The 50th anniversary of the landmark “Bloody Sunday” march in Selma, Alabama, came and went Saturday without the presence of Sen. Rand Paul of Kentucky or any other high-profile potential Republican presidential contender.
Mr. Paul stayed in his home state Saturday while Jeb Bush, Chris Christie, Ted Cruz, Marco Rubio, Rick Perry, Mike Huckabee, Lindsey Graham and Scott Walker congregated in Iowa for the Agricultural Summit in Des Moines.
What saved the dearth of Republicans in Selma from suggesting that Richard Nixon’s “Southern Strategy” was still alive was the presence of former President George W. Bush, former first lady Laura Bush, House Majority Leader Kevin McCarthy (in a last-minute change of mind), and Sen. Rob Portman, a member of the Senate Republican leadership.
Republican Sens. Tim Scott of South Carolina, one of the upper chamber’s two black members, and Jeff Sessions of Alabama also showed up, as did a few Republican House members, including Rep. Tom Emmer of Minnesota who has pushed for a federal law to require voter identification despite opposition from many black interest groups and lawmakers.
Republican National Committee Chairman Reince Priebus tweeted a picture of himself standing alone at the historic Edmund Pettus Bridge in Selma on Saturday with the words, “Proud to have been part of @FaithNPolitics pilgrimage and visit the site of the historic Selma March. #Selma50”
Mr. Priebus left Selma early, before the commemoration ceremonies, because his daughter’s birthday fell on Saturday, said RNC Communications Director Sean Spiker.
Mr. Priebus has spoken often of the need for Republicans to engage on a personal, sustained level with black, Hispanic and Asian voters.
The absence of Mr. Paul, 52, is particularly noteworthy because he differs in some basic ways from his potential nomination rivals in his approach to race and ethnic voters. He is the one presidential possibility who goes out of his way to address black audiences skeptical of the Republican Party — at the National Urban League Conference last year and at historically black Howard University in 2013.
In Mr. Paul’s case, staying in Bowling Green instead of going to Selma was as important as things get for a politician of national stature. For some two years, he has been gunning his engine for a possible run for the presidential nomination. He also has been engaging in the equivalent of preparatory calisthenics for a shot at another six-year Senate term in case his dream of the presidency turns out to be no more than that.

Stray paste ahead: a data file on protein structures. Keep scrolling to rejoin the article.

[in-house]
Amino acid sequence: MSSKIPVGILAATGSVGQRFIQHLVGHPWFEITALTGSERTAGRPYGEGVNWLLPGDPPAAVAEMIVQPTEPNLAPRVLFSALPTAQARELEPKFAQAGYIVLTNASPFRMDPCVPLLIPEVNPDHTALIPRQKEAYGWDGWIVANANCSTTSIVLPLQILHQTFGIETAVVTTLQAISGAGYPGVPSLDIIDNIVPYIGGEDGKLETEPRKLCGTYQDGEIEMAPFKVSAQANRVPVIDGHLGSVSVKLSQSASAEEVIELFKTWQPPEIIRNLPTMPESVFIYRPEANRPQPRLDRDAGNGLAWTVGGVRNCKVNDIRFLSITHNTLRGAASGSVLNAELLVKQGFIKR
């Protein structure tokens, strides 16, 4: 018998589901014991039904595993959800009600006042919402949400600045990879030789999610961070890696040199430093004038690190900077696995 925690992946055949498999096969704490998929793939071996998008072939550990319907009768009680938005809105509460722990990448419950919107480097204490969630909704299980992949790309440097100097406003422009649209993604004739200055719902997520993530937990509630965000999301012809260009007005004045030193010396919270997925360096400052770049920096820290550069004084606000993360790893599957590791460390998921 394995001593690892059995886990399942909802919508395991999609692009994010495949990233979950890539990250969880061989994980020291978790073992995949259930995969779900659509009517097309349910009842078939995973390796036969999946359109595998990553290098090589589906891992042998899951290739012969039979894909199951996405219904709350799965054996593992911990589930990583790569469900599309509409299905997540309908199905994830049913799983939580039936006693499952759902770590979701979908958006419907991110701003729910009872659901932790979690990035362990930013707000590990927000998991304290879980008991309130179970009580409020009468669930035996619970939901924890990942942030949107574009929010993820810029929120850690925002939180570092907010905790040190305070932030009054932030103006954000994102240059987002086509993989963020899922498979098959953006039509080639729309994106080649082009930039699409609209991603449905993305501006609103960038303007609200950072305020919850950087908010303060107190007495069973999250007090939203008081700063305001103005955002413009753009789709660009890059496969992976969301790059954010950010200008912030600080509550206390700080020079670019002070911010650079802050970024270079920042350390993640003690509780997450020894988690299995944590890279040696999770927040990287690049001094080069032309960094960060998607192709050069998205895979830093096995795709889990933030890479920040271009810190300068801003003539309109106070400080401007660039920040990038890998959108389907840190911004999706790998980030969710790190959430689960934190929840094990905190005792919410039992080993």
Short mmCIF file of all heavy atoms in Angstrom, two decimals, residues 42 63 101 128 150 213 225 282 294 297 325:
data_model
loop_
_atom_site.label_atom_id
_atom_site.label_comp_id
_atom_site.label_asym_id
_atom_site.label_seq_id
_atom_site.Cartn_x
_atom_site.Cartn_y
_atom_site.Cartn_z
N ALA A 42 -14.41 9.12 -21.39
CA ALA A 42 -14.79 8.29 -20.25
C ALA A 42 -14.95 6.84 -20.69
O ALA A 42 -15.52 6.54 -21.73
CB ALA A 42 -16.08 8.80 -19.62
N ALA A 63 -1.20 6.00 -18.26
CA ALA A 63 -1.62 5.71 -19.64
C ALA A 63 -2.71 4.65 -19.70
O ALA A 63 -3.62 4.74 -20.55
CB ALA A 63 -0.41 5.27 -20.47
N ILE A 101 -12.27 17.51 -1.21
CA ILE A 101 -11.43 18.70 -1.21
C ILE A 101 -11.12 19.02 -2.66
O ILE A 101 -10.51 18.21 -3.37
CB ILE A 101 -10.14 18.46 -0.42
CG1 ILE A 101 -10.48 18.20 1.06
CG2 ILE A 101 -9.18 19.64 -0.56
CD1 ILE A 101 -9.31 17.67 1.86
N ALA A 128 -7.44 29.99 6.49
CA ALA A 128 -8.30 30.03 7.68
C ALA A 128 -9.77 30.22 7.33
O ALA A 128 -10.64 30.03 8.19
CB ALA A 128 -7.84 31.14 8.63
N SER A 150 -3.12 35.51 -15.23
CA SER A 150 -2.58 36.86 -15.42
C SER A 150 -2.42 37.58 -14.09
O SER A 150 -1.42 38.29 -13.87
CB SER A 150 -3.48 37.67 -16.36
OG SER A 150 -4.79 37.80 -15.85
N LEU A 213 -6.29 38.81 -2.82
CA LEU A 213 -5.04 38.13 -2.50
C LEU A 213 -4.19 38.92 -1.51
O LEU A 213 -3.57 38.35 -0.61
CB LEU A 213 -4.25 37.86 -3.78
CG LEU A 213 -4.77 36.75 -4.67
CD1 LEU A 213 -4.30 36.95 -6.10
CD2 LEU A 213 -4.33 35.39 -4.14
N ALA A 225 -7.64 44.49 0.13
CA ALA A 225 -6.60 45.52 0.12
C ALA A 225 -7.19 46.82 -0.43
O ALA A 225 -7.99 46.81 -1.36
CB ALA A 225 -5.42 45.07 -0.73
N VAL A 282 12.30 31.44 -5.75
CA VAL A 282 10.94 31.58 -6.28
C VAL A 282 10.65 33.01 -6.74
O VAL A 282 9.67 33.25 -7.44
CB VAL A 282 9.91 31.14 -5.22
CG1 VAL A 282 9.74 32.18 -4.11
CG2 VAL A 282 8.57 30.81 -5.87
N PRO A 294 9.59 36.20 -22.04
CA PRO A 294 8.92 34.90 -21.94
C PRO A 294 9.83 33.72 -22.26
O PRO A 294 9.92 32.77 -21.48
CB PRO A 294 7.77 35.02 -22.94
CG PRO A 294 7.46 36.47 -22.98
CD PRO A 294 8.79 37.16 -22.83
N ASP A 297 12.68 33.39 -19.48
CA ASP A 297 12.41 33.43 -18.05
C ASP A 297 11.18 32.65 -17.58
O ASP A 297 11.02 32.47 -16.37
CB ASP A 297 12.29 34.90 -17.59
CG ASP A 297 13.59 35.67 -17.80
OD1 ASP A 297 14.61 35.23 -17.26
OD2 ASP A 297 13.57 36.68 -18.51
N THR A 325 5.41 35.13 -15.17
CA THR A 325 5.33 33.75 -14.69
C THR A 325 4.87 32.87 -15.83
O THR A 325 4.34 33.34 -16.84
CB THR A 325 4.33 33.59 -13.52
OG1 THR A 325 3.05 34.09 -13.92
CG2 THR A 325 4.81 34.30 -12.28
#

His problem is that Kentucky law says he can’t compete for two offices in a primary. His solution is to secure the Senate nomination with the Kentucky Republican primary and end-run the obstructing statute by having the state party hold a presidential preference caucus next year so he can compete in that instead of the usual presidential primary.
His three-way dilemma forced him to decide whether to show himself off to Iowa voters, to show he is serious about broadening his party’s base or to meet the need to ensure routes to political survival in Kentucky
Mr. Paul decided it was important to show up in person for a state Republican Party executive committee discussion and vote on whether to recommend changing next year’s presidential primary to a presidential preference caucus. Mr. Paul figured that attending the executive committee session would signal that he wasn’t taking the members for granted.
It worked. They voted unanimously Saturday to recommend to the full state GOP central committee that the party hold a presidential caucus, despite the added expense to taxpayers.
So Mr. Paul apparently can seek two nominations, but he still faces a long haul. Whether he can appear on the fall ballot as a candidate for U.S. presidency and the U.S. Senate is a state legal matter to be resolved later.
The skids were greased for a move to a 2016 caucus when Senate Majority Leader Mitch McConnell, Kentucky Republican, endorsed the move. Mr. Paul had upset some tea partyers by endorsing Mr. McConnell in 2014 for a nomination to another Senate term despite Mr. McConnell’s willingness to reach accord with Democrats occasionally.
Mr. Paul a few days ago said he understands the impetus for the civil rights march through Selma on the way to Birmingham 50 years ago and why it led to the passage of the Voting Rights Act in 1965.
Conservatives at the time were divided on passage of the Civil Rights Act of 1964 as well as the Voting Rights Act a year later. Some argued that the purpose of ensuring equal opportunity was worthwhile and resorted to federal legislation rather than leaving to the states a matter that was not a legitimate constitutional power.
Local and state law enforcement clubbed, hosed and loosed dogs on the demonstrators, among whose ranks was John Lewis, now a veteran U.S. House member from Georgia.
“People at the time must have been shocked by the violence of it,” Mr. Paul said in a March 6 interview with AL.com’s Cameron Smith. “It also showed that something really had to be done. It was extraordinary to have federal intervention, but at the same time what happened with the violence at Selma was extraordinary as well.”
He said the Selma march “helped solidify that it was really time to fix the tragedy of separation and segregation. We do have a lot of work to do. We have a great deal of poverty in our big cities.”